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Posted on July 23, 2020 at 1:26 PM

Written by Farbod Akhlaghi (University of Oxford)

The coronavirus pandemic rages on. To the surprise of many, the enforcement of mask wearing, imposition of lockdowns, and other measures taken to try to halt the pandemic’s march have been met with some heavy and vocal resistance. Such resistance has materialised into protests in various countries against these measures taken by states, companies, and other organisations to prevent the spread of the novel coronavirus.

There are a range of reasons one might object to these measures. One reason that has repeatedly been voiced – sometimes shouted through angry un-masked mouths – is that these measures unjustly affect the freedom of those subject to them. The thought is that, for example, being forced to wear a mask, or denied entry into somewhere without a mask, is an unjust restriction of one’s freedom, presumably either to wear whatever they choose or to be free from the interference of others in going about one’s business.

Whatever good reasons there may be to object to these pandemic mitigating measures, I believe this one is simply a mistake. It is certainly true that our freedom, both to do things and from unjust interference, matter morally – they matter a lot too. But the moral significance of freedom, and the mere fact that measures like enforcing mask wearing, imposing lockdowns, and restricting movement do curtail such freedom, does not show that these measures unjustly restrict the freedom of those subject to them during this pandemic.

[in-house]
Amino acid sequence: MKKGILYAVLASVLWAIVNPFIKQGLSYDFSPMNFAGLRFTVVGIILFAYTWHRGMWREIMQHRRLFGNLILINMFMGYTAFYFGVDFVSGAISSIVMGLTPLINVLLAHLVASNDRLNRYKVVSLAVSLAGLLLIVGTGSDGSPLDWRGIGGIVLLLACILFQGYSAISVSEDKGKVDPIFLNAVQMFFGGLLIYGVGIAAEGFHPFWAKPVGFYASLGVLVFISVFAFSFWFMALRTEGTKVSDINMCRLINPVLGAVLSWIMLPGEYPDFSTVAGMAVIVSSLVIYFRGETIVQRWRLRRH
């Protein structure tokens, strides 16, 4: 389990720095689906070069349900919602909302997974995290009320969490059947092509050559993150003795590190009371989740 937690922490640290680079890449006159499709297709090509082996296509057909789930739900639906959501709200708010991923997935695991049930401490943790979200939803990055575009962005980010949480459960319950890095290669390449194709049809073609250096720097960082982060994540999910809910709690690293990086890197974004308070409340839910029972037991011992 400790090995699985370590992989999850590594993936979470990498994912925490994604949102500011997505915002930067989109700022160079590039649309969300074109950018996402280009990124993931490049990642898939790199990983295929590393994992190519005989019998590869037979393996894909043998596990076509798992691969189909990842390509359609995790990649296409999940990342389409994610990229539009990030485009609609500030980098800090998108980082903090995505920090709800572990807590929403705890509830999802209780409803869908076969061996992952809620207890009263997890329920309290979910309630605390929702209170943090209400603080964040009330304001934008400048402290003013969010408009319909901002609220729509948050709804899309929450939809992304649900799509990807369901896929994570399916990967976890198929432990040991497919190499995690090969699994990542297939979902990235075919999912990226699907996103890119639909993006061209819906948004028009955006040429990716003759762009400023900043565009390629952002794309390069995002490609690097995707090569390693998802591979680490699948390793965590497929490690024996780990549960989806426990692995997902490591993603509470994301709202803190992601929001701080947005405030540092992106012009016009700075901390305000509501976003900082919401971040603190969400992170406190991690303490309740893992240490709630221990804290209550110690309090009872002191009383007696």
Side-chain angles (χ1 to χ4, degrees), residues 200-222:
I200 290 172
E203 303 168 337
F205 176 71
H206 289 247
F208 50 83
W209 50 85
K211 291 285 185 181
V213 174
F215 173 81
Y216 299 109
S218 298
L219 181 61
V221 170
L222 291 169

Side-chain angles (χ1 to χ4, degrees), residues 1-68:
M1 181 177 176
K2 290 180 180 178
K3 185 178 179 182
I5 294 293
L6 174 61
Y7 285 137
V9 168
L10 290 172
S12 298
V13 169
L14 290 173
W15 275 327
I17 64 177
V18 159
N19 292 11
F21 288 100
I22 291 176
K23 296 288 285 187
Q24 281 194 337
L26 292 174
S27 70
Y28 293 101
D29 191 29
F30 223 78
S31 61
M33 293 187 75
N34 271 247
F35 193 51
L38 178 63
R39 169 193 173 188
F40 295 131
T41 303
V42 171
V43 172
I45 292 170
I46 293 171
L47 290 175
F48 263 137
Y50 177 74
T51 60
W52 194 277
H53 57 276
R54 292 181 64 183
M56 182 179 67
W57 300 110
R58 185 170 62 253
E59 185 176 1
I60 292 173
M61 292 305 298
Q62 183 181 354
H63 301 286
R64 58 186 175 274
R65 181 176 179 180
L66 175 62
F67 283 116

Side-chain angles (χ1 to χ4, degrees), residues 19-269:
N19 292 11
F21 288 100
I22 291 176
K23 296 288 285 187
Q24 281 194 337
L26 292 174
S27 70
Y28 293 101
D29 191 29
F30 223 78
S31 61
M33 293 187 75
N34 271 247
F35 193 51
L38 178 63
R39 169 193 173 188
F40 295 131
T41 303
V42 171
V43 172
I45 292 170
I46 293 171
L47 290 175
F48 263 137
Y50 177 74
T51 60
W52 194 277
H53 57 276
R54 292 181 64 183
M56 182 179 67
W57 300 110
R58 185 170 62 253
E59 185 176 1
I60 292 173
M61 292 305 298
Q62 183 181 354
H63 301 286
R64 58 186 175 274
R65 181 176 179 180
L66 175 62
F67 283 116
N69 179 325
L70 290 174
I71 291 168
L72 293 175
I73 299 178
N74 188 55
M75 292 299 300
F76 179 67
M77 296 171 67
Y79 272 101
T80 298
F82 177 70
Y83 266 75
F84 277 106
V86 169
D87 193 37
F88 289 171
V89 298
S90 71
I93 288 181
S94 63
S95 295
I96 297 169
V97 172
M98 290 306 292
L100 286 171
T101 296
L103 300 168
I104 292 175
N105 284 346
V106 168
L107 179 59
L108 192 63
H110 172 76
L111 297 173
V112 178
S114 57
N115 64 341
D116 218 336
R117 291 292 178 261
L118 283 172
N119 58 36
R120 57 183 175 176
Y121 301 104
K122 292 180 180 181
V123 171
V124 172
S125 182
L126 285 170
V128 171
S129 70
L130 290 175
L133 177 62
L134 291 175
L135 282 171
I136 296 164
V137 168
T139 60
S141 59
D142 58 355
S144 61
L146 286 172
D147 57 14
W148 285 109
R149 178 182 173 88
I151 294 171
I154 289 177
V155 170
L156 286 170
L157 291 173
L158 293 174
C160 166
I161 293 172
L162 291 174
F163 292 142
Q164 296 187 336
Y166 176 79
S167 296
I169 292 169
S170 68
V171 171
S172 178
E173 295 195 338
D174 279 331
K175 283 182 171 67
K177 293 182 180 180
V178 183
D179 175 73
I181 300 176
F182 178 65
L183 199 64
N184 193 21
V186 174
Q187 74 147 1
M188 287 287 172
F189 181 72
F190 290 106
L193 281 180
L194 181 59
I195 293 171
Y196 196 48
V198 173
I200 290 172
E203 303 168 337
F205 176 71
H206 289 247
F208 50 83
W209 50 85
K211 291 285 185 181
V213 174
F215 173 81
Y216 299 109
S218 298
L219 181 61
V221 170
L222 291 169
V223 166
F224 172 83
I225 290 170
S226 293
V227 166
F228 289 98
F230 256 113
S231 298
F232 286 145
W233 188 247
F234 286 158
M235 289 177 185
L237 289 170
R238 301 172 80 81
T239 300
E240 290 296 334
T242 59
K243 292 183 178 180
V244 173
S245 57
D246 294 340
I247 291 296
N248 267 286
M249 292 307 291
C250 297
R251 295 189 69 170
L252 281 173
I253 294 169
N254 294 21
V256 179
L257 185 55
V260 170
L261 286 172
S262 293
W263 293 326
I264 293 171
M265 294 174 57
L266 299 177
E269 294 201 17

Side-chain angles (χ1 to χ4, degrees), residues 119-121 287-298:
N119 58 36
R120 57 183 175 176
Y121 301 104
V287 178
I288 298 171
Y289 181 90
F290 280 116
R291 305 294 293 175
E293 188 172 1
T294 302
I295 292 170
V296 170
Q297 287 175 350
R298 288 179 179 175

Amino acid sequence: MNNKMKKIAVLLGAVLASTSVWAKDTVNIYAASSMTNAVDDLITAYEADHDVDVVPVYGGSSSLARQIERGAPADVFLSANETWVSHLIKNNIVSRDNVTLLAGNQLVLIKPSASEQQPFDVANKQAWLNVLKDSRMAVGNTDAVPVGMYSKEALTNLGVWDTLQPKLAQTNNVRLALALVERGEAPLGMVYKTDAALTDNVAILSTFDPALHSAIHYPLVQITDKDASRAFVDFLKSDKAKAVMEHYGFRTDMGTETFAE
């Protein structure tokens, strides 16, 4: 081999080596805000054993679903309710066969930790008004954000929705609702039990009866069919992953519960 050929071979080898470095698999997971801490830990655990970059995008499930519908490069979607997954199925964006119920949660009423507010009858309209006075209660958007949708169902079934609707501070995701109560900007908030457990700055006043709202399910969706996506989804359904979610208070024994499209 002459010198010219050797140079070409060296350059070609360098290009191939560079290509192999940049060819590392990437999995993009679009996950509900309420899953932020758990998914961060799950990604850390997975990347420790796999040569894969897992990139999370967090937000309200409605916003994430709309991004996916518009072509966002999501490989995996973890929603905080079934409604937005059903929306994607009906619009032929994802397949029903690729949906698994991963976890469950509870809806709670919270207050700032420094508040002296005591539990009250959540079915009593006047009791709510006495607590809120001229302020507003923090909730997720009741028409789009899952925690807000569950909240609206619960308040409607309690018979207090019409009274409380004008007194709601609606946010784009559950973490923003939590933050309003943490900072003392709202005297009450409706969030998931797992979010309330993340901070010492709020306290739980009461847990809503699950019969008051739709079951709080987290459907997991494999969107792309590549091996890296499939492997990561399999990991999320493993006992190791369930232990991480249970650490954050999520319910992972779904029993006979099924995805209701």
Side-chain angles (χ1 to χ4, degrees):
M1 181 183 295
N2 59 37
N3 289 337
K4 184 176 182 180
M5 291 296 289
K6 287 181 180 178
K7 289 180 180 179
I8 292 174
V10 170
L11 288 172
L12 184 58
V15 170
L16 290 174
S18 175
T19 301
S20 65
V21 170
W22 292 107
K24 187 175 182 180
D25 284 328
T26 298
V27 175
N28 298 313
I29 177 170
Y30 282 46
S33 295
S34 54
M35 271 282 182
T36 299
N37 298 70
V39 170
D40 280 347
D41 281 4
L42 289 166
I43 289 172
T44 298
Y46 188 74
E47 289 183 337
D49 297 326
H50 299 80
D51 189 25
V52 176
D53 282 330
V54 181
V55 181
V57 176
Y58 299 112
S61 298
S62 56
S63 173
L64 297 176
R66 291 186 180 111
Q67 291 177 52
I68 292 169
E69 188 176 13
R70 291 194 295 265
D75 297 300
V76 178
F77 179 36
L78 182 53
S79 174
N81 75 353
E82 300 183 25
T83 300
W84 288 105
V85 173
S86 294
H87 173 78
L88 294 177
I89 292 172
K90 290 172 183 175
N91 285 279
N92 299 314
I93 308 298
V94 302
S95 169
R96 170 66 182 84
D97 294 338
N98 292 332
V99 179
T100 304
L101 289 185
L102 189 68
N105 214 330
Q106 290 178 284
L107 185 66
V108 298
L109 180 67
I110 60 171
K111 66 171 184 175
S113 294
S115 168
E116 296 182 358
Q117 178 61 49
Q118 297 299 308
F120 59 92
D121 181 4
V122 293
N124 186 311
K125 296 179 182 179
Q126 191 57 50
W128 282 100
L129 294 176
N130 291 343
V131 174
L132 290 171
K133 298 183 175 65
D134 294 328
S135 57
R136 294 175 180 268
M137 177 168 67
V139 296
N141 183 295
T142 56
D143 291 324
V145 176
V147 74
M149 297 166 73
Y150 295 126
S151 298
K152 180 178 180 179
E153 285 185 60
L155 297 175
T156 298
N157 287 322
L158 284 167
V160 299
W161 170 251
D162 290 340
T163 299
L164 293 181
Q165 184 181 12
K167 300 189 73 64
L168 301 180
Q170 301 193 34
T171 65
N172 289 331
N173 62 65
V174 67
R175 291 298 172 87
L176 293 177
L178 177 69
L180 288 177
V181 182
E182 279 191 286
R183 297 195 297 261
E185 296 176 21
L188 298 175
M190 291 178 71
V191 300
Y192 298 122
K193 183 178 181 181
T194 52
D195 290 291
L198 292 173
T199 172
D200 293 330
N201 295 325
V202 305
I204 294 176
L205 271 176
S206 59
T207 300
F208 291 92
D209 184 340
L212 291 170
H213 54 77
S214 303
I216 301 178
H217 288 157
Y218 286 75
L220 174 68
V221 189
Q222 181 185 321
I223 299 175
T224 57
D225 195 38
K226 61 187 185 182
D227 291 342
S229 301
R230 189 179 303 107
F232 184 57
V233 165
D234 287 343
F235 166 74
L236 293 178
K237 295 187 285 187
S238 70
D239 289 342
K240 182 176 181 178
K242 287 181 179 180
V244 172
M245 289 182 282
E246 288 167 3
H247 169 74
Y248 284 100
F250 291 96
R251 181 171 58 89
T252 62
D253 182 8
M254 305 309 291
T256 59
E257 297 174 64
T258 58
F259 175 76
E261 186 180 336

Failure to see this may be due to a failure to recognise the distinction, drawn by the moral philosopher Judith Jarvis Thomson, between the infringement and the violation of a right.

Suppose I have a moral right to bodily security. You would infringe upon that right if you physically harmed me. But you would violate that right if you physically harmed me and acted wrongly in doing so. This distinction is morally crucial. For notice that, despite this right, you could cause me physical harm under certain circumstances where it looks morally permissible (perhaps even obligatory) to do so, such as if harming me is required to save a thousand people from death. In such a scenario, you only infringe my right to bodily security in doing what that right normally protects me from, since you do not act wrongly when doing so.

Now suppose I ordinarily have a moral right to refrain from wearing a mask. You would infringe upon that right if you prevented me from not wearing a mask, like forcing me to wear one to travel in your taxi. But violating my right to not wear a mask would require you to both prevent me from not wearing one and to be acting wrongly in doing so.

So, the question is not whether mandating mask wearing, lockdowns, and the like curtail certain freedoms we ordinarily enjoy. They do. Nor whether such freedoms morally matter. They do. Rather, it is whether these measures constitute violations or merely infringements upon some of our rights by those imposing them. The answer, I think, is that these measures are merely infringements of certain rights.